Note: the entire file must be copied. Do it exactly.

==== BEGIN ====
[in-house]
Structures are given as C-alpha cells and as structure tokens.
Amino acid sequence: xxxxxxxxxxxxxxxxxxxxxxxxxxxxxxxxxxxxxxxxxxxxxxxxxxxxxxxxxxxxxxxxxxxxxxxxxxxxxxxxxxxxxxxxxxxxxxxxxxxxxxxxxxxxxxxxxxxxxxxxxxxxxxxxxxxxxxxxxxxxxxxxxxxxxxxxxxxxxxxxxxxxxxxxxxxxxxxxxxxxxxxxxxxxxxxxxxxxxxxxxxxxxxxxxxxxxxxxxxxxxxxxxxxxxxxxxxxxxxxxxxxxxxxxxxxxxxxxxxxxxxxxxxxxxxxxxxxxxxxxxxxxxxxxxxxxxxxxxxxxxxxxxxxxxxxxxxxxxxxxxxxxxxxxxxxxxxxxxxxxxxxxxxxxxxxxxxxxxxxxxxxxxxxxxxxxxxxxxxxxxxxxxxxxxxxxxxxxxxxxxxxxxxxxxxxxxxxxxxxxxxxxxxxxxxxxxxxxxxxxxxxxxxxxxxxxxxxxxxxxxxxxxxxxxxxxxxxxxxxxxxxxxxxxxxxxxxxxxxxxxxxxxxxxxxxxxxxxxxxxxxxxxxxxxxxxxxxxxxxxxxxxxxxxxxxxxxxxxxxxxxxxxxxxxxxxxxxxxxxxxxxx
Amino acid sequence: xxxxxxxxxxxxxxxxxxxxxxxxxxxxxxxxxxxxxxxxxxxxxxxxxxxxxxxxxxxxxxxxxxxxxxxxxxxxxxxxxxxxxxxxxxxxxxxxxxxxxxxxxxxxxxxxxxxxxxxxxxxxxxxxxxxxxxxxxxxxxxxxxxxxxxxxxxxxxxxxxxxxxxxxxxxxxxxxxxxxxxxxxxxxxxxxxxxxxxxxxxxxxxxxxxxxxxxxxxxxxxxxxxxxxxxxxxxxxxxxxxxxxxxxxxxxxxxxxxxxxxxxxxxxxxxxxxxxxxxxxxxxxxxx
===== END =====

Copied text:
[in-house]
Structures are given as C-alpha cells and as structure tokens.
Amino acid sequence: xxxxxxxxxxxxxxxxxxxxxxxxxxxxxxxxxxxxxxxxxxxxxxxxxxxxxxxxxxxxxxxxxxxxxxxxxxxxxxxxxxxxxxxxxxxxxxxxxxxxxxxxxxxxxxxxxxxxxxxxxxxxxxxxxxxxxxxxxxxxxxxxxxxxxxxxxxxxxxxxxxxxxxxxxxxxxxxxxxxxxxxxxxxxxxxxxxxxxxxxxxxxxxxxxxxxxxxxxxxxxxxxxxxxxxxxxxxxxxxxxxxxxxxxxxxxxxxxxxxxxxxxxxxxxxxxxxxxxxxxxxxxxxxxxxxxxxxxxxxxxxxxxxxxxxxxxxxxxxxxxxxxxxxxxxxxxxxxxxxxxxxxxxxxxxxxxxxxxxxxxxxxxxxxxxxxxxxxxxxxxxxxxxxxxxxxxxxxxxxxxxxxxxxxxxxxxxxxxxxxxxxxxxxxxxxxxxxxxxxxxxxxxxxxxxxxxxxxxxxxxxxxxxxxxxxxxxxxxxxxxxxxxxxxxxxxxxxxxxxxxxxxxxxxxxxxxxxxxxxxxxxxxxxxxxxxxxxxxxxxxxxxxxxxxxxxxxxxxxxxxxxxxxxxxxxxxxxxxxxxxxxx
Amino acid sequence: xxxxxxxxxxxxxxxxxxxxxxxxxxxxxxxxxxxxxxxxxxxxxxxxxxxxxxxxxxxxxxxxxxxxxxxxxxxxxxxxxxxxxxxxxxxxxxxxxxxxxxxxxxxxxxxxxxxxxxxxxxxxxxxxxxxxxxxxxxxxxxxxxxxxxxxxxxxxxxxxxxxxxxxxxxxxxxxxxxxxxxxxxxxxxxxxxxxxxxxxxxxxxxxxxxxxxxxxxxxxxxxxxxxxxxxxxxxxxxxxxxxxxxxxxxxxxxxxxxxxxxxxxxxxxxxxxxxxxxxxxxxxxxxx